In our house, no matter how often I vacuum or dust, there is a fine layer of dust covering everything. The wood stove and the cats are responsible for some of it, but we have a climbing wall in our family room and the climbers use chalk and chalk is, well, dust.
Yesterday in the beautiful, old, barely-used courthouse in Rumford, which is engulfed in renovations, I noticed that the counsel table was covered with the same fine layer of dust that is on all of my furniture. My initial reaction, was to look up and around to see if anyone had put climbing holds on the beams. Then I heard the jackhammer and the shouts of workmen and wondered instead if it was asbestos.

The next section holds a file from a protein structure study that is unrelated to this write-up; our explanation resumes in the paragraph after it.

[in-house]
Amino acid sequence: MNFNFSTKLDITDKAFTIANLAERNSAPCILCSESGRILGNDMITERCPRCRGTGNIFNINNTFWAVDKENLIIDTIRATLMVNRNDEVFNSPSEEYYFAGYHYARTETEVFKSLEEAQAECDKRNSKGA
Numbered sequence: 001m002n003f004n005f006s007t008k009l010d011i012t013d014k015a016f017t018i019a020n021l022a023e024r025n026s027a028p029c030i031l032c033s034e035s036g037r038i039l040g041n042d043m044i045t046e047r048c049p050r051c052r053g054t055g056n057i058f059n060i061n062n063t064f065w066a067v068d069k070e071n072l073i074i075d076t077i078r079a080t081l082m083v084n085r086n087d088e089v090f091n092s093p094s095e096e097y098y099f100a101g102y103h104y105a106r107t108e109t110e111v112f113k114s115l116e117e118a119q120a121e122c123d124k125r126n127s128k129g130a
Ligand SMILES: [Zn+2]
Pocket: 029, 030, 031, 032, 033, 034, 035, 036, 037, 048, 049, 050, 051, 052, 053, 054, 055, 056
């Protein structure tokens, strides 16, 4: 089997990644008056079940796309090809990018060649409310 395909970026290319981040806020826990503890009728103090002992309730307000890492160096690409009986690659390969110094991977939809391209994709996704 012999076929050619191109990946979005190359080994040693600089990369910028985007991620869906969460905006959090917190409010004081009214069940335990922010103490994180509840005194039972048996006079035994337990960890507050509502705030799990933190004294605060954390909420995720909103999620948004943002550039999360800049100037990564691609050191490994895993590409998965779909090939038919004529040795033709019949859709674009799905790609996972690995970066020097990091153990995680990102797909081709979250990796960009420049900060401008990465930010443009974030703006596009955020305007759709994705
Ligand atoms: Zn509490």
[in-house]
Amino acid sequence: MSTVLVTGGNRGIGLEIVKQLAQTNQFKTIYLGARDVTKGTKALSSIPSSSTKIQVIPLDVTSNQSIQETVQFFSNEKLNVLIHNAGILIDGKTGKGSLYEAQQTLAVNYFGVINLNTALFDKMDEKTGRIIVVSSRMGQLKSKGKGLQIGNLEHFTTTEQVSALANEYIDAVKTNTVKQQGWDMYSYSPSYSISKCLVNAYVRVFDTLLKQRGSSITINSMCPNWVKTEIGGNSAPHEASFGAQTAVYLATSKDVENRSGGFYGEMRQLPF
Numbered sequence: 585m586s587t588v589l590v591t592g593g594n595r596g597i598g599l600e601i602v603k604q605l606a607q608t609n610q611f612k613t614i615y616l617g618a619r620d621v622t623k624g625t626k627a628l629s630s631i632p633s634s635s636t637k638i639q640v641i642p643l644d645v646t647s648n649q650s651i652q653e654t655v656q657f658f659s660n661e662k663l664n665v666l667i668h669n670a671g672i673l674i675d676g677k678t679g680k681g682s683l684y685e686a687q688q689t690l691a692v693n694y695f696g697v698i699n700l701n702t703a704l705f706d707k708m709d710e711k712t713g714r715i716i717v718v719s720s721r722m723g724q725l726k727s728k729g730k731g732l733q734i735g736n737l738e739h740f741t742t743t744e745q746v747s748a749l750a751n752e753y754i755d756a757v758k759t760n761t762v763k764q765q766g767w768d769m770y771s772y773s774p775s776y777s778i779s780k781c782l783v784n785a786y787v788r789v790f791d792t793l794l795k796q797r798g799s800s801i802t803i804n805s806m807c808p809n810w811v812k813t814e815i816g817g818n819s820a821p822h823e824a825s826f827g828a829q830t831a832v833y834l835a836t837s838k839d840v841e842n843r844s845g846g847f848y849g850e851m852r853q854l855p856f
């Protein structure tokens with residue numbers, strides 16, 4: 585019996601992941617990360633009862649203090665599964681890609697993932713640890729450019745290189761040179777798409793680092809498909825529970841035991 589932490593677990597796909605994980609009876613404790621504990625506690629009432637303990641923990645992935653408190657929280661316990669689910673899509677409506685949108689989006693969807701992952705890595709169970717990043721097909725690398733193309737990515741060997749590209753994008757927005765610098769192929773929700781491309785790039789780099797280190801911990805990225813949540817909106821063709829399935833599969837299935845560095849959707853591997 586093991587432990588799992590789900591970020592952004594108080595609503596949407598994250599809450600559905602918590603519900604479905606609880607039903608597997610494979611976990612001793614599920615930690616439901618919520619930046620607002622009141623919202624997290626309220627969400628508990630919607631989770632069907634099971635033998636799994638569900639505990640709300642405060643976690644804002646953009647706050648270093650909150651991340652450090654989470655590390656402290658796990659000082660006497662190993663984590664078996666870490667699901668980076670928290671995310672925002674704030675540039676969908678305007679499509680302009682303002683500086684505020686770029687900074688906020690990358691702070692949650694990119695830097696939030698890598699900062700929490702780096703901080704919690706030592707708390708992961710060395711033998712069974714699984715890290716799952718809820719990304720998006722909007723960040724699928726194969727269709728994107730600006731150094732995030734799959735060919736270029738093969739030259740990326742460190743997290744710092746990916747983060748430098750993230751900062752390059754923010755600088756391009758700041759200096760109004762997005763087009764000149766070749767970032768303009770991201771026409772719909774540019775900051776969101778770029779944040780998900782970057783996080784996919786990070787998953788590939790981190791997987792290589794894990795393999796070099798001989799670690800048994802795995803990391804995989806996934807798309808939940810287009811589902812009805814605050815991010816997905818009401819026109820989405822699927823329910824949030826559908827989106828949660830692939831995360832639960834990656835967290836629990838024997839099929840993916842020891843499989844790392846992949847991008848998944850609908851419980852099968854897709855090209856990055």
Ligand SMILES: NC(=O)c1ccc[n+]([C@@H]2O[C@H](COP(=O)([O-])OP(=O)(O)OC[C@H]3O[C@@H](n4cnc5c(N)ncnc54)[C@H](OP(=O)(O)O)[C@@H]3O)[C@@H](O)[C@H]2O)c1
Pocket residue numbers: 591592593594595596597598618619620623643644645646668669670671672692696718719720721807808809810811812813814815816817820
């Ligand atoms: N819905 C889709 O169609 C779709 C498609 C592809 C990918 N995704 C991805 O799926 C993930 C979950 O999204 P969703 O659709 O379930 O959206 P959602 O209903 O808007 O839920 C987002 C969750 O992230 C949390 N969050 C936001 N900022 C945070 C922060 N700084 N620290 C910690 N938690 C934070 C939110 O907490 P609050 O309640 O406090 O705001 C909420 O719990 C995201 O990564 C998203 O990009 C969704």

I believe that the renovations are mostly to the building, but I am fearful that they will intrude into the courtroom itself. The courtroom is a reminder of what Rumford once was when the mill, dependent on the mighty Androscoggin, was at its peak. The courtroom has 20 foot high ceilings (which would actually be good for climbing), a jury box and an imposing bench. Behind the judge's bench there is a beautiful mural of Moses receiving the Ten Commandments. It is a magnificent piece of art that reminds us of the gravity of what we are doing in that courtroom.
These days, there is only a judge there a day or two a week and only for misdemeanors and civil matters. Jury trials for the county were moved to South Paris some 30 years ago, but back in the day this frontier court must have been something. One older lawyer yesterday was reminiscing about the last murder trial that he had in that courtroom. He told of being on the 2nd day of cross-examination of the pathologist when the defendant stood up and declared "Oh, let's just stop this, I did it."